Hey Everyone!

We are proud to announce that Graphic Universe’s dynamic writing and translating duo of Drs. Anne and Owen Smith will be signing copies of standout GU titles this December 8, 11:00am – 1:00pm, at the Barnes & Noble in the Baker Pattillo Student Center at Stephen F. Austin State University in Nacogdoches, Texas.

We hope you can all make it!

The Graphic Universe Crew


Photo by Mainuddinhaque and available through the Creative Commons

When I turned on NPR Monday morning I learned that Joseph Murray had died at the age of 93. Back in in 1954, he had performed the first successful kidney transplant. I had never heard of the man until this year, when some research brought me across his story. Without offering too much of a spoiler, I can say that the plot of Mortensen’s Escapades #4: The Secret Mummy involves organ transplant to some degree.

The history of early organ transplantation is really remarkable stuff. Remarkable, and tragic. Murray’s success was proceeded (and followed) by so many failures. Little was know about the immune system back then. Organs were rejected and patients died. But things started to change on 1954.

Here’s an expert from The Secret Mummy back matter. To learn more about kidneys and transplantation, look for the book this spring. I also recommend Organ Transplantation by David Petechuk, part of which can be read for free on Google Books.

The idea of organ transplantation is an old one. One of the earliest known references states that in 500 B.C. a Chinese doctor swapped the hearts of two soldiers (according to legend, they lived to tell the tale). In truth, organ transplantation only became a reality in the 20th century. To save the lives of sick patients, surgeons tried to transplant human kidneys and also kidneys from animals such as monkeys and lambs. Initially, all these attempts were met with failure. The human immune system rejects and destroys foreign tissue and organs, so transplanted kidneys didn’t last long. However, transplants between identical twins fare much better because they have body parts that are genetically similar. The first successful kidney transplant was performed in 1954 by Boston surgeon Joseph E. Murray. Richard Herrick received a kidney donated by his identical twin, Ronald.

With modern advancements in tissue matching and immunosuppressive drugs, the success rate of kidney transplantation is much higher. Today, about 90 percent of the kidney transplants that come from living donors are successful.

Graphic Universe and Lerner participated in a variety of events last week. On Election Day, Tuesday, November 6th the NYC Department of Education 2012 Conference was held at A. Philip Randolph Campus High School at 135th Street in upper Manhattan—a gathering where teachers and librarians attend lectures, presentations and conferences. Educational Publishers like ours (and Rosen, Abdo, Holiday House) set up booths in the school’s gymnasium. I presented our spring 2013 list in one of the classrooms.

NYC Dept. of Education Fall Conference at A. Philip Randolph Campus High School on November 6th.

Coinciding with this event was Graphic Universe’s author-artist Zeina Abirached arrival in New York, following a conference she attended at the University of Cincinnati. Zeina, with her agent Nicolas Grivel on hand, signed and illustrated her starred review book, A Game for Swallows, which drew an impressive number of attendees to our table. She participated in a variety of other activities during the week as well.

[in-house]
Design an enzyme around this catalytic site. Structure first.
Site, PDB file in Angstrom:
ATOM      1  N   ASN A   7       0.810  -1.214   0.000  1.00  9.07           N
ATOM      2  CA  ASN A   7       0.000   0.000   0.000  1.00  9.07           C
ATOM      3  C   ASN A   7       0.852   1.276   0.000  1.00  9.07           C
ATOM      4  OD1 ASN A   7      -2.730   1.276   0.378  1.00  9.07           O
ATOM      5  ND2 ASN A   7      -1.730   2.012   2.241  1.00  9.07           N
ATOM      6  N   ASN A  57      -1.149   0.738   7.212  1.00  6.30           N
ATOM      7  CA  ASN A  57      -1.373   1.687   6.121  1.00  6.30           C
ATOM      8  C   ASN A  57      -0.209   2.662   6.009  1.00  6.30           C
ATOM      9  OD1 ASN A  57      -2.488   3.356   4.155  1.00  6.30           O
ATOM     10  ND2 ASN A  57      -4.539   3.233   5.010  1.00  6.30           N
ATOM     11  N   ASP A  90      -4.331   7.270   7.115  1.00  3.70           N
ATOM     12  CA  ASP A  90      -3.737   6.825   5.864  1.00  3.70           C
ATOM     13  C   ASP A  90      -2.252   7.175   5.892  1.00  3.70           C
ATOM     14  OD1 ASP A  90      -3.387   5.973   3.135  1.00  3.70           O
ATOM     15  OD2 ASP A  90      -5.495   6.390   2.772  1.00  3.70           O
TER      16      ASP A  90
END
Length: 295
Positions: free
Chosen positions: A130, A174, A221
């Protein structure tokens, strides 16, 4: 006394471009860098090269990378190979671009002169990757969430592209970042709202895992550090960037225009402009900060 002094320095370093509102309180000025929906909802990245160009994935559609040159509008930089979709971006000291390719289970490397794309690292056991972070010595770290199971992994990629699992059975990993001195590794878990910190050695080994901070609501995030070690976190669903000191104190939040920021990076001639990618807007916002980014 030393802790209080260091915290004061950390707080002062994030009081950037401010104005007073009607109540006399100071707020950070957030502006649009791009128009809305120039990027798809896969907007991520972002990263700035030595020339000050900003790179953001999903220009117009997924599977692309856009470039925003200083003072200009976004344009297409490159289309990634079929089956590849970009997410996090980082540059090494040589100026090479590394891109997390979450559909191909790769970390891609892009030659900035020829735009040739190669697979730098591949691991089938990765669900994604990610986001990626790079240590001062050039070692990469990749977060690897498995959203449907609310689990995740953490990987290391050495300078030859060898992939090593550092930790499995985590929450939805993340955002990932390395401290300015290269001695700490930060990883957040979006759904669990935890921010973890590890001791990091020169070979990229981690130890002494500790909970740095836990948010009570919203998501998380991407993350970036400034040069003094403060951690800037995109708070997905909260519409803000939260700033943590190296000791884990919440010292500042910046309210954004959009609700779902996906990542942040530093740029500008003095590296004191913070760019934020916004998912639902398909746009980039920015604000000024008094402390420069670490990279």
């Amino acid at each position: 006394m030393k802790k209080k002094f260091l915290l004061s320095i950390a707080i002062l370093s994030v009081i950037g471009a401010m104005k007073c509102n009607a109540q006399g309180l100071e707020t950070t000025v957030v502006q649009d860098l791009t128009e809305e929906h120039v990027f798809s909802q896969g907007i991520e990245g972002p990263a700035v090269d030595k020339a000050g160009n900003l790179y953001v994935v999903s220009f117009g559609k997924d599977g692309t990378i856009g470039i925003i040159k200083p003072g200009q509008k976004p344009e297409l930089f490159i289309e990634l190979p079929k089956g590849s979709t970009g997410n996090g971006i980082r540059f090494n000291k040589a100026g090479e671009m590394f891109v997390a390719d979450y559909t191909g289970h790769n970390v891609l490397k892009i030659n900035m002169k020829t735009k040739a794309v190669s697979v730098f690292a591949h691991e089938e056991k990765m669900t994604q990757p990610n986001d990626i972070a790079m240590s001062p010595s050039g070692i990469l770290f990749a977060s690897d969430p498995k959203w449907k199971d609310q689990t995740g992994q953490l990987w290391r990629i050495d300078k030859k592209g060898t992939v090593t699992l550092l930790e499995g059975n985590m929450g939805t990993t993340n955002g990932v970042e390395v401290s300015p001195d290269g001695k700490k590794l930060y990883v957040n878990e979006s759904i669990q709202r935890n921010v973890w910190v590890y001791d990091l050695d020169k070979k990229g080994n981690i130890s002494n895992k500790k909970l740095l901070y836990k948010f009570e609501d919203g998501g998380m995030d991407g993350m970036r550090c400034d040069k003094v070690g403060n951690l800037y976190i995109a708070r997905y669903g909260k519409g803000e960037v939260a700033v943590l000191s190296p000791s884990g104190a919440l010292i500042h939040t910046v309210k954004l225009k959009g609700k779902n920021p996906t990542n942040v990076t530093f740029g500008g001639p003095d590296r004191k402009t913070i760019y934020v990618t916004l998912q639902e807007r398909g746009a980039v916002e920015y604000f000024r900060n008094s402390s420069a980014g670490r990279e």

Zeina Abirached, author-artist of A Game for Swallows signing copies of her book (top); Graphic Universe Editorial Assistant Robyn Chapman, Ms. Abirached, Graphic Universe Editorial Director Carol Burrell, and Nicolas Grivel on hand at the NYC Dept. of Ed. Conference (bottom).

On Thursday, November 8, she was invited to take part on a panel discussion in front of a large crowd at the Cultural Services of the French Embassy on Fifth Avenue. The event was moderated by Françoise Mouly, art editor of the The New Yorker. Six French Speaking comic artists were on hand to discuss their remarkable careers and field questions from the audience. In addition to Zeina, the participants included Nine Antico, Blexbolex, Anouk Ricard, Florent Ruppert, and Clément Baloup. The event was followed by a reception in the adjacent hall. It was a cool party in a grand historic building—the kind that looked as though it had been inhabited by a business tycoon from a previous century.

Zeina Abirached sitting on a panel at the Cultural Services of the French Embassy in Manhattan.

The French Comic Book Party at the Cultural Services of the French Embassy on November 8th.

Then on Saturday, November 10th, Zeina was invited to sell and sign copies of her book at the jammed-packed Brooklyn Comics and Graphics Festival in Williamsburg. The festival’s organizer, Bill Kartalopoulos, was gracious to invite Zeina to present Swallows at his booth. Also, Graphic Universe Editorial Assistant Robyn Chapman was there to promote her new art instruction manual Drawing Comics Lab: 52 Exercises on Characters, Panels, Storytelling, Publishing & Professional Practices.

All in all it was a production week, especially considering what just happened during Hurricane Sandy a week earlier.

A large crowd at the Brooklyn Comics and Graphics Festival on November 10th.

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